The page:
Rawiller’s Winter Work Landed An Everest Legend

By Ray Hickson

In the middle of last winter, with ‘the comeback’ not yet really a reality, Nash Rawiller would do the rounds at Randwick and ride as many horses as he could to drum up support.

It was some six weeks before his July 25 return from a 15 month disqualification imposed in Hong Kong when he first met Classique Legend, the grey known as Jiminy who was all promise and about to embark on a huge mission.

Nash Rawiller and Classique Legend. (Pic: Bradley Photos).

His owner Bon Ho, along with Ho’s racing manager Carmel Size, had purchased a vacant slot in the $14 million TAB Everest for a horse with just four starts behind him.

Rawiller recalls that grey gelding made an instant impression. It’s safe to say, though, Rawiller didn’t think he’d still be riding him at this stage of the campaign.

“Before I started riding races and trials I was riding work every day,’’ he said.

“You can just tell he oozes class, he’s the real deal. He’s a lovely horse to work with, he’s an absolute gem, and it was a pleasure and an honour.

“It’s was just a dream I got the opportunity to sit on him not knowing what Kerrin was going to do.’’

Kerrin is, of course, Kerrin McEvoy and until he made the decision to stick with Redzel for Saturday’s sprint showdown at Royal Randwick he was Classique Legend’s regular partner.

Between the time he first sat on the four-year-old’s back and McEvoy’s decision in early September, Rawiller burst back into the riding ranks and is currently leading the Sydney jockeys premiership.

Given his history with Classique Legend the 44-year-old was the natural replacement.

“I’ve got a lot of confidence in the horse,’’ Rawiller said.

“I wouldn’t swap rides with anything, it’s just whether it pans out for us on the day.

“I think he is primed and ready to go. He’s definitely improved a lot since his last run.’’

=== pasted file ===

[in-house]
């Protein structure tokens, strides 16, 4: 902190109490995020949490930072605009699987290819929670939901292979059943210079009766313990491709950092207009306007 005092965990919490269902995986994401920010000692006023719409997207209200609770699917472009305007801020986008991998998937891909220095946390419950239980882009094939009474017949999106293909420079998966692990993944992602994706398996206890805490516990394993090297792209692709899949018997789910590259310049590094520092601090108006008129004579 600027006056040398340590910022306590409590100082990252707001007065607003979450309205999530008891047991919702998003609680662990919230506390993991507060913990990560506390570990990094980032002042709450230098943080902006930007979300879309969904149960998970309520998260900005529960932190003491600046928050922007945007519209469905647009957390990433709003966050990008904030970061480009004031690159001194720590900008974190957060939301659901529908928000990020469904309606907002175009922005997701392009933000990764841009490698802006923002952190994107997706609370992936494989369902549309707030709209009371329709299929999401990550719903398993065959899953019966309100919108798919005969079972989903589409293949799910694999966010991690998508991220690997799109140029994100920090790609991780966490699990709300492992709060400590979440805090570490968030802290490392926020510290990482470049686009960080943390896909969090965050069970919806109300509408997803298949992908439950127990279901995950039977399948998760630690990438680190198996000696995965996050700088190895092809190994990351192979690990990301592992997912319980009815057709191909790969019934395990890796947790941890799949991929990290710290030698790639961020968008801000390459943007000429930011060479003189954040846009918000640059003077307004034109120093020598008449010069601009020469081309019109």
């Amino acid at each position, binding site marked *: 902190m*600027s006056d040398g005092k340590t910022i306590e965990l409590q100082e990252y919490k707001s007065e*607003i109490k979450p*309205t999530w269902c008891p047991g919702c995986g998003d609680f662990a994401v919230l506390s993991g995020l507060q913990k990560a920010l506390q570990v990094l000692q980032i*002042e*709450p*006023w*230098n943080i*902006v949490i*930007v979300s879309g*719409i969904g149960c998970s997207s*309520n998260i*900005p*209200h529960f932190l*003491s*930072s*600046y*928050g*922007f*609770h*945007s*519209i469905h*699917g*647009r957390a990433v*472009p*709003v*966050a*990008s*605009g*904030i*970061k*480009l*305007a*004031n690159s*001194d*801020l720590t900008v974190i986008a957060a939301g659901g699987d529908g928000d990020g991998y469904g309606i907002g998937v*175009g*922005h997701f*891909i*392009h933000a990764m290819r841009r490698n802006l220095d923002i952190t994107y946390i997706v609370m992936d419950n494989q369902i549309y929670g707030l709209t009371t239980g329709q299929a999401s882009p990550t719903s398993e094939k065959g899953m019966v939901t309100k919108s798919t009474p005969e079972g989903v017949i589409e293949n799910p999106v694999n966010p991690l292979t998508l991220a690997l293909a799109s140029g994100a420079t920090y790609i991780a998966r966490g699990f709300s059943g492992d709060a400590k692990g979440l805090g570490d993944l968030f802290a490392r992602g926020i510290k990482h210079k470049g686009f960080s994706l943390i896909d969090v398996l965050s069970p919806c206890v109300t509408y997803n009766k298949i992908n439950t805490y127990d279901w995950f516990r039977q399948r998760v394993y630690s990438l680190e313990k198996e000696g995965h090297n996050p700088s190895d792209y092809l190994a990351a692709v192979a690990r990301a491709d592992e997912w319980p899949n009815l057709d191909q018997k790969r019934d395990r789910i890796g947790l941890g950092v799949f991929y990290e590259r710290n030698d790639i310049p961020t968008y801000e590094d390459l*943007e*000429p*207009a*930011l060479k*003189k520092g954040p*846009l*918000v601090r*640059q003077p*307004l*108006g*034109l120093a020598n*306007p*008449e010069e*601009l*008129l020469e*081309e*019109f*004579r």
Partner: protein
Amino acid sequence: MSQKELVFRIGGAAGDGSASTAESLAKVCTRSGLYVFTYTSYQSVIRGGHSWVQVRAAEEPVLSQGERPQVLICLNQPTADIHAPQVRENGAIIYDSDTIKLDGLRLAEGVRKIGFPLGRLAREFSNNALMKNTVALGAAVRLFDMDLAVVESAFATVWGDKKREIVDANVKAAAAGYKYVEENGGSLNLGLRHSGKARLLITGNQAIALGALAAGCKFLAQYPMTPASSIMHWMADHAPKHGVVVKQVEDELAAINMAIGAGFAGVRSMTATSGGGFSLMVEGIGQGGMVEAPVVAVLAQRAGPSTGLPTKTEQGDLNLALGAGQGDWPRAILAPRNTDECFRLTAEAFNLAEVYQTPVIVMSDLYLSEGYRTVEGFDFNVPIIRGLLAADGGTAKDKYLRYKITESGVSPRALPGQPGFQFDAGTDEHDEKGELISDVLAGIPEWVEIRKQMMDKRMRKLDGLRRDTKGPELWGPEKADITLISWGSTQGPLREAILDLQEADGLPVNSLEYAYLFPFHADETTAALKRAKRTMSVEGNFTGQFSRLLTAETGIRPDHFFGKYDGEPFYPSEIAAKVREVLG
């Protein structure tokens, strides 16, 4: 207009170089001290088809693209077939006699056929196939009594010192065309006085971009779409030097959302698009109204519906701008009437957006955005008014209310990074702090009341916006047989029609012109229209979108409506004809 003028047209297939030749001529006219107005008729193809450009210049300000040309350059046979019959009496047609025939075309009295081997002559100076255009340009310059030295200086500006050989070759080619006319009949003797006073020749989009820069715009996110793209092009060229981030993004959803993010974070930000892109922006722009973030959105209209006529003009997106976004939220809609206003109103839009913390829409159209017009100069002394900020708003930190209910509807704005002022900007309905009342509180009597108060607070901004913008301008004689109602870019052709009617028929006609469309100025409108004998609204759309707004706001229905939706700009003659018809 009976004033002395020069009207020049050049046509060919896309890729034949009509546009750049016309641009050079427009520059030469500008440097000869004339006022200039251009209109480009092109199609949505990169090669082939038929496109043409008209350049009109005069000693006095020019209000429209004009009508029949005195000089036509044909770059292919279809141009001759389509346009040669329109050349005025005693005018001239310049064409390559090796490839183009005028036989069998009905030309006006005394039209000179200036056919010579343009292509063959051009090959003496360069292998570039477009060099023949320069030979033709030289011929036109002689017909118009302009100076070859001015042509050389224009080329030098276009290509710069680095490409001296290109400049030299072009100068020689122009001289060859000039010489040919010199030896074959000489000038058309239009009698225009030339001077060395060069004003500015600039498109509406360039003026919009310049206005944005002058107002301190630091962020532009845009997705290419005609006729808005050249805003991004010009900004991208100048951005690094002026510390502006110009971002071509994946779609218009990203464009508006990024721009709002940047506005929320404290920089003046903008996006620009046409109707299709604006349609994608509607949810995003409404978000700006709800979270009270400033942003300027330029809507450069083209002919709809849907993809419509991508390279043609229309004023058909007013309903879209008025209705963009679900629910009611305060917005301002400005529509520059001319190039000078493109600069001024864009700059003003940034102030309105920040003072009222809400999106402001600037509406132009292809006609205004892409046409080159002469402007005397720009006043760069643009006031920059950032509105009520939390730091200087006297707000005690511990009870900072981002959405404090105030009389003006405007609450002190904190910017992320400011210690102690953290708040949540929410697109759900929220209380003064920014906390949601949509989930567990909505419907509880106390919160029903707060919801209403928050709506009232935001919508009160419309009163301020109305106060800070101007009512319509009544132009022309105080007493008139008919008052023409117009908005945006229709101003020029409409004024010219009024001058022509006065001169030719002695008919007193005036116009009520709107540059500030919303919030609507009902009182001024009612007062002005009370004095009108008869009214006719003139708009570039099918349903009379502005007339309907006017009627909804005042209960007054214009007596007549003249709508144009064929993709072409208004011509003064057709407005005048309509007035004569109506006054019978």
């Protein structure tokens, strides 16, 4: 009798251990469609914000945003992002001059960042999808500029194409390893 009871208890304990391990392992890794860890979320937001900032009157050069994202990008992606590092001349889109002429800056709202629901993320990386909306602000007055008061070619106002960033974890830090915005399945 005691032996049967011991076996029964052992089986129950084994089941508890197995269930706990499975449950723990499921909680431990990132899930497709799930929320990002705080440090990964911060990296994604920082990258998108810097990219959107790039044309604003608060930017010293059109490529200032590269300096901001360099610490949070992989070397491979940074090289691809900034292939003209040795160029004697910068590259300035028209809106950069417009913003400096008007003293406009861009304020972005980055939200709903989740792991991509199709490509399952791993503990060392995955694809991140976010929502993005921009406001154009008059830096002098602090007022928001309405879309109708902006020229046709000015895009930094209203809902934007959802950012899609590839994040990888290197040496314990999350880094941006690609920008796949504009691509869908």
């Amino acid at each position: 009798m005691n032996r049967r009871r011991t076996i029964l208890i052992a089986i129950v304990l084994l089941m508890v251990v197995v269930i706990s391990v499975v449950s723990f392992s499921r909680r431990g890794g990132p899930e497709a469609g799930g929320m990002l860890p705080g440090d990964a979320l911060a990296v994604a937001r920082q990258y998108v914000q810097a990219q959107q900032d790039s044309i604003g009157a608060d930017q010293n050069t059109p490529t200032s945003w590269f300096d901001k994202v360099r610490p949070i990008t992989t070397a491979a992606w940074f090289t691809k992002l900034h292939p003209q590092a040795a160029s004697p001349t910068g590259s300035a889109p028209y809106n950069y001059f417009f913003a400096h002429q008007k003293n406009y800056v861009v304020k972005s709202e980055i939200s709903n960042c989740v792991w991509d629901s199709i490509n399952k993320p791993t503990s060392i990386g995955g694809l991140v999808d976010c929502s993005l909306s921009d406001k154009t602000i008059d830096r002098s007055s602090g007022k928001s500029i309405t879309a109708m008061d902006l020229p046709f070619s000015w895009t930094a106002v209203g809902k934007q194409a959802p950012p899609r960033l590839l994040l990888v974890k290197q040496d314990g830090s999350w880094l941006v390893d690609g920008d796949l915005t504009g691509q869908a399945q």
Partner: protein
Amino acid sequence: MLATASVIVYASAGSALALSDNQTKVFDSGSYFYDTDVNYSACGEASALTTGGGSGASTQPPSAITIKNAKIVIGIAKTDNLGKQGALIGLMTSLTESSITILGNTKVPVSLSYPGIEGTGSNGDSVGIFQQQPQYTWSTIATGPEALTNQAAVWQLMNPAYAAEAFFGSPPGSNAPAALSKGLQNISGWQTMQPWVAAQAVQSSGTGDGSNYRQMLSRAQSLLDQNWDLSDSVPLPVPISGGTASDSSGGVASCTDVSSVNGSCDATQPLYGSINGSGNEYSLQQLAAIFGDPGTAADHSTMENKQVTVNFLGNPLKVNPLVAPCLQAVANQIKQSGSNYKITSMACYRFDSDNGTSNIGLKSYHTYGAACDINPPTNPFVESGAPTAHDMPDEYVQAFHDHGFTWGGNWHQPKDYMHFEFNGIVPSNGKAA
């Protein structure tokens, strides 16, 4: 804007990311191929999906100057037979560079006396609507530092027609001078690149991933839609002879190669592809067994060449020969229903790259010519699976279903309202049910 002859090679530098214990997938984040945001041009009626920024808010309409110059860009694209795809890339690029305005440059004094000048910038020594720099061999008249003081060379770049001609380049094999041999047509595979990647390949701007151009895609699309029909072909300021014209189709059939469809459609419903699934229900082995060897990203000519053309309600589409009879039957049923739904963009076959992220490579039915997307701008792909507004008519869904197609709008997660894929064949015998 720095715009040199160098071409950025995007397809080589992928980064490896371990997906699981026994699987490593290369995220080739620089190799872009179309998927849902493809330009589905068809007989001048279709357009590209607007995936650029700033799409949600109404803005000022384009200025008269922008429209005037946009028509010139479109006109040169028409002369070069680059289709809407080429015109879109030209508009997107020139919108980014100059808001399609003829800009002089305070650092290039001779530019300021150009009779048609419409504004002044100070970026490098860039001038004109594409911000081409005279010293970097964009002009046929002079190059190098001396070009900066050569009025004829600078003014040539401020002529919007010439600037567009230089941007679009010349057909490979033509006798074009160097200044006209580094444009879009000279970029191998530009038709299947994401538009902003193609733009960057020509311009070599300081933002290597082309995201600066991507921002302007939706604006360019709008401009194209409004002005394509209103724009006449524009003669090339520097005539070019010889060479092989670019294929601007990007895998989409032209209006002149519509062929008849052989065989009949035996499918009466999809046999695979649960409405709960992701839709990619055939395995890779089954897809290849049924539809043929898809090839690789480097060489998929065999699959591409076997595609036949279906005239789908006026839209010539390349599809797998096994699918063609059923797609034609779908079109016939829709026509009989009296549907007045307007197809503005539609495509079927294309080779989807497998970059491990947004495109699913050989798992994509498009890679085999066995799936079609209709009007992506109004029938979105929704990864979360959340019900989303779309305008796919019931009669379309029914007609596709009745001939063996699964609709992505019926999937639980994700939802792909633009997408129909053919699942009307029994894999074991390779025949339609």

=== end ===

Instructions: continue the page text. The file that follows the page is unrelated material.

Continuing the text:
It wasn’t that long ago Classique Legend was in single figures with TAB in Everest betting but two defeats, though not disgraced in them, have seen him drift to $17.

Rawiller would say that’s unfair because he rates both runs, a half length second to Pierata first-up in The Shorts and a 0.9 length third to Burtal in the Premiere Stakes, as good efforts.

In the latter, the gelding ran the day’s fastest last 600m of 33.93 (Punter’s Intelligence).

“The tempo was against him, whether his first-up run was against him and flattened him a bit I don’t know but he has come ahead in leaps and bounds,’’ Rawiller said.

“The couple of runs he’s had now have turned him from a boy to a man. He has an unbelievable finish, I don’t think we will change too much.

“He’s taken a sit both runs and he can really attack the line, with a bit more pressure it should suit him greatly.’’

Classique Legend’s 81-year-old trainer Les Bridge has clearly enjoyed the TAB Everest ride with a horse he has unwavering faith in.


Classique Legend runs third in the Premiere Stakes on Octobver 5

Like Rawiller, Bridge can’t work out why his horse has fallen out of favour.

“He got beaten a head by Pierata who is one of the favourites and he’s $17 I can’t work that out, and the other day maybe the race wasn’t run to suit him,’’ he said.

“I’m not using that as an excuse, he ran well and he’s had a perfect preparation. I’ve trained a lot of horses for big races and I couldn’t ask for anything better.’’

Bridge said in an ideal world he’d like Classique Legend to be parked about four or five lengths off the lead on Saturday, somewhat similar to his win in the Group 2 Arrowfield Sprint over the Everest course during The Championships.

“It will be a truly run race on Saturday, you can’t say they are good things in a field like that because there are too many good horses,’’ Bridge said.

“What I am saying is he’s as fit as I can get him and I think he will run really well.’’